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Title: Human activity recognition using a wearable camera
Author: Tadesse, Girmaw Abebe
ISNI:       0000 0004 7653 7365
Awarding Body: Queen Mary University of London
Current Institution: Queen Mary, University of London
Date of Award: 2018
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Advances in wearable technologies are facilitating the understanding of human activities using first-person vision (FPV) for a wide range of assistive applications. In this thesis, we propose robust multiple motion features for human activity recognition from first-person videos. The proposed features encode discriminant characteristics from magnitude, direction and dynamics of motion estimated using optical flow. Moreover, we design novel virtual-inertial features from video, without using the actual inertial sensor, from the movement of intensity centroid across frames. Results on multiple datasets demonstrate that centroid-based inertial features improve the recognition performance of grid-based features. Moreover, we propose a multi-layer modelling framework that encodes hierarchical and temporal relationships among activities. The first layer operates on groups of features that effectively encode motion dynamics and temporal variations of intra-frame appearance descriptors of activities with a hierarchical topology. The second layer exploits the temporal context by weighting the outputs of the hierarchy during modelling. In addition, a post-decoding smoothing technique utilises decisions on past samples based on the confidence of the current sample. We validate the proposed framework with several classifiers, and the temporal modelling is shown to improve recognition performance. We also investigate the use of deep networks to simplify the feature engineering from firstperson videos. We propose a stacking of spectrograms to represent short-term global motions that contains a frequency-time representation of multiple motion components. This enables us to apply 2D convolutions to extract/learn motion features. We employ long short-term memory recurrent network to encode long-term temporal dependency among activities. Furthermore, we apply cross-domain knowledge transfer between inertial-based and vision-based approaches for egocentric activity recognition. We propose sparsity weighted combination of information from different motion modalities and/or streams. Results show that the proposed approach performs competitively with existing deep frameworks, moreover, with reduced complexity.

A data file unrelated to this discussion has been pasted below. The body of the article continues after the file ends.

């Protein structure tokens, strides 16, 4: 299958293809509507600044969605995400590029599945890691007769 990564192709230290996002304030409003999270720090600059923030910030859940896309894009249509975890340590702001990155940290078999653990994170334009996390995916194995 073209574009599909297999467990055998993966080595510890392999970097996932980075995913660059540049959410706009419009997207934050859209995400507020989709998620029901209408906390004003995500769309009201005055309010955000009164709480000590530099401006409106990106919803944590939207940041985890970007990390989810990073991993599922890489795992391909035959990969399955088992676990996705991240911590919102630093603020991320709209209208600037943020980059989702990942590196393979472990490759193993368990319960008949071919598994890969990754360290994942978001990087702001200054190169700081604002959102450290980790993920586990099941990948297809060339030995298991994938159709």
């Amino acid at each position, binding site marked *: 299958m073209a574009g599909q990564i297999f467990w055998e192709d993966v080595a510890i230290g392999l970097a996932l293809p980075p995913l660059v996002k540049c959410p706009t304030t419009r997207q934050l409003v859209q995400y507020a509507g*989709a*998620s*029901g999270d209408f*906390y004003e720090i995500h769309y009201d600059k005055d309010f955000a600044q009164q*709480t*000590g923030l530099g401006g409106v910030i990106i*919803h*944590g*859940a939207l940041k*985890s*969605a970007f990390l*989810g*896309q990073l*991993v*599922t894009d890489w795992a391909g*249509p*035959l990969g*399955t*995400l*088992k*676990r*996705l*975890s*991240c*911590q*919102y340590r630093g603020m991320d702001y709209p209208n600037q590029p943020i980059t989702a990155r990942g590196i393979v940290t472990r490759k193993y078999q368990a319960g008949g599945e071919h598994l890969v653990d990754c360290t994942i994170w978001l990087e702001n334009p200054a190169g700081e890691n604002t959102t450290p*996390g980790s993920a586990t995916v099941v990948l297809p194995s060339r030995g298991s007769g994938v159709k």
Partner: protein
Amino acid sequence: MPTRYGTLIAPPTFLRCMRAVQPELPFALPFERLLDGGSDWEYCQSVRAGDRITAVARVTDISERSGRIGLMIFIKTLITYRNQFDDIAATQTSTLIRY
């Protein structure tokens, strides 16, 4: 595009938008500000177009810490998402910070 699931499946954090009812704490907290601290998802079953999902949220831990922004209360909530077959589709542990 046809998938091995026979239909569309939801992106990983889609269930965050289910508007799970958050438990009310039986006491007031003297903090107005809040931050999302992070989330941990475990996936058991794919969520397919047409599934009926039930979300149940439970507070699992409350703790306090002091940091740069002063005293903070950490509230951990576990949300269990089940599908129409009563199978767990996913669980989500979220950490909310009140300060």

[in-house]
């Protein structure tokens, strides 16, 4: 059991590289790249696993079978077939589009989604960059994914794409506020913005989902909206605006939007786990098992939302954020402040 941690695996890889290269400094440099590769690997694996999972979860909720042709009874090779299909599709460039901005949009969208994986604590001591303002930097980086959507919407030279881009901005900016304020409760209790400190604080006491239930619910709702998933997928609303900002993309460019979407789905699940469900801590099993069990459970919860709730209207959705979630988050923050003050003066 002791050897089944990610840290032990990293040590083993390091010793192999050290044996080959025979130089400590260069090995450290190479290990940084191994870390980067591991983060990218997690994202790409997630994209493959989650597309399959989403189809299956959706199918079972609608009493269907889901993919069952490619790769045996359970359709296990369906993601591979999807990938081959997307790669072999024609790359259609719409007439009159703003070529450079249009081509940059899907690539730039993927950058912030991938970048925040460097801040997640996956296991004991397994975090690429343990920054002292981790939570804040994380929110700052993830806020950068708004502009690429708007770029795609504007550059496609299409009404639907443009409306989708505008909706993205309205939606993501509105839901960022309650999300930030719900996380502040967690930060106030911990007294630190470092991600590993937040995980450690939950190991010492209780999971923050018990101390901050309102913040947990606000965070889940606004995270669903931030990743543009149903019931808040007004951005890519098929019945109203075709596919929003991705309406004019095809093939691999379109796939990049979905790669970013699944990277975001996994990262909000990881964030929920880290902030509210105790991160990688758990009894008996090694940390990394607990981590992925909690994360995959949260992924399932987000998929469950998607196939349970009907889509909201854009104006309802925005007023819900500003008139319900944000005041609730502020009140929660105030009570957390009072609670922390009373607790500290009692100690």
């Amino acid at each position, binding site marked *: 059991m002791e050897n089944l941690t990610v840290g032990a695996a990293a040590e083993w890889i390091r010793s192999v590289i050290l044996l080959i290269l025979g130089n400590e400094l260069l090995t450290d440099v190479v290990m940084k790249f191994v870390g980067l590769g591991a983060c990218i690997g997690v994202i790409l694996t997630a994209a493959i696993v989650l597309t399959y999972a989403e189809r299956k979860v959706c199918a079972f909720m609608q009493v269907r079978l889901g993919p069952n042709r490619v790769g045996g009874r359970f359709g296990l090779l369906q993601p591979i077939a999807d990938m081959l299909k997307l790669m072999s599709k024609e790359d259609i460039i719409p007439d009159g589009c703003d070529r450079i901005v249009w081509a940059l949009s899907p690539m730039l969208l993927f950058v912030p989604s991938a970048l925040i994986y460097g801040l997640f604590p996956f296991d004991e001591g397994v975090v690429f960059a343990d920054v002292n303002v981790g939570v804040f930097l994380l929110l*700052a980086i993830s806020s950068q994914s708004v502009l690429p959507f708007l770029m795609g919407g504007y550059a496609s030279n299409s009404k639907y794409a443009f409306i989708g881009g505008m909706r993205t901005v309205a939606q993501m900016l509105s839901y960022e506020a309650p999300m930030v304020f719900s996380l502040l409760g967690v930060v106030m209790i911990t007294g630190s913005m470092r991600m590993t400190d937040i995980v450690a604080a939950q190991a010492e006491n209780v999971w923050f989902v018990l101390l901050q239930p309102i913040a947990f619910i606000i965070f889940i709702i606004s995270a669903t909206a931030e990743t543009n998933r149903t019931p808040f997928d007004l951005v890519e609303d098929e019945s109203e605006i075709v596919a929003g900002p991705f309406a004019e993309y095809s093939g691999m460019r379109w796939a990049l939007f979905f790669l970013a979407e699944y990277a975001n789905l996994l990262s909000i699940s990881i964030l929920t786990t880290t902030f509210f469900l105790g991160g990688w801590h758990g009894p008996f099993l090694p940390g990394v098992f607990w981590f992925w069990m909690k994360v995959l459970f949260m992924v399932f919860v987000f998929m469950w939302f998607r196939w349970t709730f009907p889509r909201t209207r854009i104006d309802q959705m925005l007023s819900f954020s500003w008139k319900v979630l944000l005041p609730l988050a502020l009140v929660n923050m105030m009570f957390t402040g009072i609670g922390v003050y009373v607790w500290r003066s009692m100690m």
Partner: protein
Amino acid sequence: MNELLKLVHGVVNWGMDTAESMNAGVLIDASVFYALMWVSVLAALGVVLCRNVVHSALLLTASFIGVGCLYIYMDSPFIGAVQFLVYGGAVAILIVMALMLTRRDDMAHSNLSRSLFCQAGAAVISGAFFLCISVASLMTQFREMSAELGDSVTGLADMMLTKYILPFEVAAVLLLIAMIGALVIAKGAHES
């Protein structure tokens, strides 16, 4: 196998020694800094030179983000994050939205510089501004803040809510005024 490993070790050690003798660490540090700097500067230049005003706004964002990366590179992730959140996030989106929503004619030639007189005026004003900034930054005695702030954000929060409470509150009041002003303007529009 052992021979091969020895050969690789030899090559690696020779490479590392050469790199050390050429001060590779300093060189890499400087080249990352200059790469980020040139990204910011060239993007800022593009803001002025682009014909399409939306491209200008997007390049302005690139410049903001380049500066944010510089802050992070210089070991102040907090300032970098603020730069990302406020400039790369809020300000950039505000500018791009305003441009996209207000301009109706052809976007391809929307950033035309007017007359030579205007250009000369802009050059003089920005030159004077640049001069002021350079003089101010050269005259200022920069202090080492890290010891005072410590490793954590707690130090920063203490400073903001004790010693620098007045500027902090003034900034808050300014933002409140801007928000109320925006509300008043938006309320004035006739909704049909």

Supervisor: Not available Sponsor: Not available
Qualification Name: Thesis (Ph.D.) Qualification Level: Doctoral
EThOS ID:  DOI: Not available
Keywords: Electronic Engineering and Computer Science ; Interactive and Cognitive Environments ; wearable technologies ; first-person vision